Over the end of the chorus, the father and son introduce themselves and hint at the cause of their mutual irritation. The words ‘red soil’ or ‘mati lal’ are set throughout to a rising fourth figure (generally D to G or A to D, according to the contrasting registers of the two singers):
Lalon’s song, sung simply over a D drone, is based on the classic Rag Bhairvi. To Western ears this is the most ‘extreme’ of all minor scales (the Phrygian mode in European music), with every possible note flattened and all intervals minor (except the fourth and fifth, which remain unchanged throughout). This is transformed subtly as the story unfolds into Rag Mishra Bhairav (by sharpening the third) and Rag Charukeshi (sharpening the second too). Each of these variations also has its own harmonies and bass-lines, and it’s worth noting that the auxiliary chord in the first two is E flat (a half-tone higher), but C (a whole tone lower) in the last one (3c):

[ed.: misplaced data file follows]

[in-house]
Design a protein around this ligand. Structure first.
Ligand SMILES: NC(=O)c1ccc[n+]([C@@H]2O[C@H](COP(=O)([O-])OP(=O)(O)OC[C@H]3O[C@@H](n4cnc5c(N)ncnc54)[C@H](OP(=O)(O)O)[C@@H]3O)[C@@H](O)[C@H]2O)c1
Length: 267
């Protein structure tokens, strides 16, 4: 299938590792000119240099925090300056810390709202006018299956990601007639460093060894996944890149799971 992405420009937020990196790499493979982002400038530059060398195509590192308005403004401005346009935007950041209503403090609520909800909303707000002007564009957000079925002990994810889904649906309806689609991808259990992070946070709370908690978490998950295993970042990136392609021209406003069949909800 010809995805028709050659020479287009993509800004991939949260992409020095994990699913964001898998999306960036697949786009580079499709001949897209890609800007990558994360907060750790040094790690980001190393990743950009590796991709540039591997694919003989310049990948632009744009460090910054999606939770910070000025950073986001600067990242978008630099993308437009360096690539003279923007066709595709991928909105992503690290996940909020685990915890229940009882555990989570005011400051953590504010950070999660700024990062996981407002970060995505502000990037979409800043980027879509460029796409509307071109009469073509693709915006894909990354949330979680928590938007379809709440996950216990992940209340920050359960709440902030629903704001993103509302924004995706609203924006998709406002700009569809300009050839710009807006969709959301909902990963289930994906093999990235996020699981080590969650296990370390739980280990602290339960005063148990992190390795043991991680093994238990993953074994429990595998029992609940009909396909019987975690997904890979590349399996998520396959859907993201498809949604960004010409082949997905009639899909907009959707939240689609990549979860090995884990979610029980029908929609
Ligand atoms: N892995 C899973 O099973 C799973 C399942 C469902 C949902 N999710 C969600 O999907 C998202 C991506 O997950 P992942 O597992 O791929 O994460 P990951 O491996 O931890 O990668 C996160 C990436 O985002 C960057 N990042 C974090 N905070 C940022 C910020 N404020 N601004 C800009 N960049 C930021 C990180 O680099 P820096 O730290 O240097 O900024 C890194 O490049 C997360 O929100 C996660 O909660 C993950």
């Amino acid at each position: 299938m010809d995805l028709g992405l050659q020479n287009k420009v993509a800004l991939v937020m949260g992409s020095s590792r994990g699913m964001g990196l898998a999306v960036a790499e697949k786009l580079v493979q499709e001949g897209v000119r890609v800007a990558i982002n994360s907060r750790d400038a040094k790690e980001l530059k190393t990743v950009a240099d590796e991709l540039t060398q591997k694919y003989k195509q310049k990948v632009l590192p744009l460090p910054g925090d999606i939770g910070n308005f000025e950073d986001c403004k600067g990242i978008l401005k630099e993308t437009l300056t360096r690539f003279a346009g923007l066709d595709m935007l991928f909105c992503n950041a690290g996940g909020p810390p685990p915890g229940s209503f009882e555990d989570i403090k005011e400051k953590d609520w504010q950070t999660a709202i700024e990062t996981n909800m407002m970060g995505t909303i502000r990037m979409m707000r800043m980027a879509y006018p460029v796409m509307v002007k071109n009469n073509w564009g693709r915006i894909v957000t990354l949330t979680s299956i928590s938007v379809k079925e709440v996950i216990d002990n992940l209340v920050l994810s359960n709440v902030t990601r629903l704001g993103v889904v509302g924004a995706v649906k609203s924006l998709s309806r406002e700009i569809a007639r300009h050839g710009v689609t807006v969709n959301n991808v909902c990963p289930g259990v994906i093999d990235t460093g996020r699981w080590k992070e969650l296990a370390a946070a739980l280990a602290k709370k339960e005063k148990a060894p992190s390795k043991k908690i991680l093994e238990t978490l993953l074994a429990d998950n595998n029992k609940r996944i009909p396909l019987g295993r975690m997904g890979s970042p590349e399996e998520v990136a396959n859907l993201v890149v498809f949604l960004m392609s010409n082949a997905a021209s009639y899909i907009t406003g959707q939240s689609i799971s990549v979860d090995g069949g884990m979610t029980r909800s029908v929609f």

The tabla-players pick up the rhythm into a fast forward pulse against a propulsive bass riff, and the father begins his part of the narrative continuing in Rag Bhairvi (Ex 3a) with its associated harmonies and the new bass line. Then the music brightens up into Rag Mishra Bhairav (Ex 3b) when his son replies:
The music then darkens again, returning to Rag Bhairvi but now driven by an assertive bass-line and a rhythm reminiscent of bhangra (which often uses this raga), as the father begins to confront his demons (his melodic line here is derived from the Lalon song):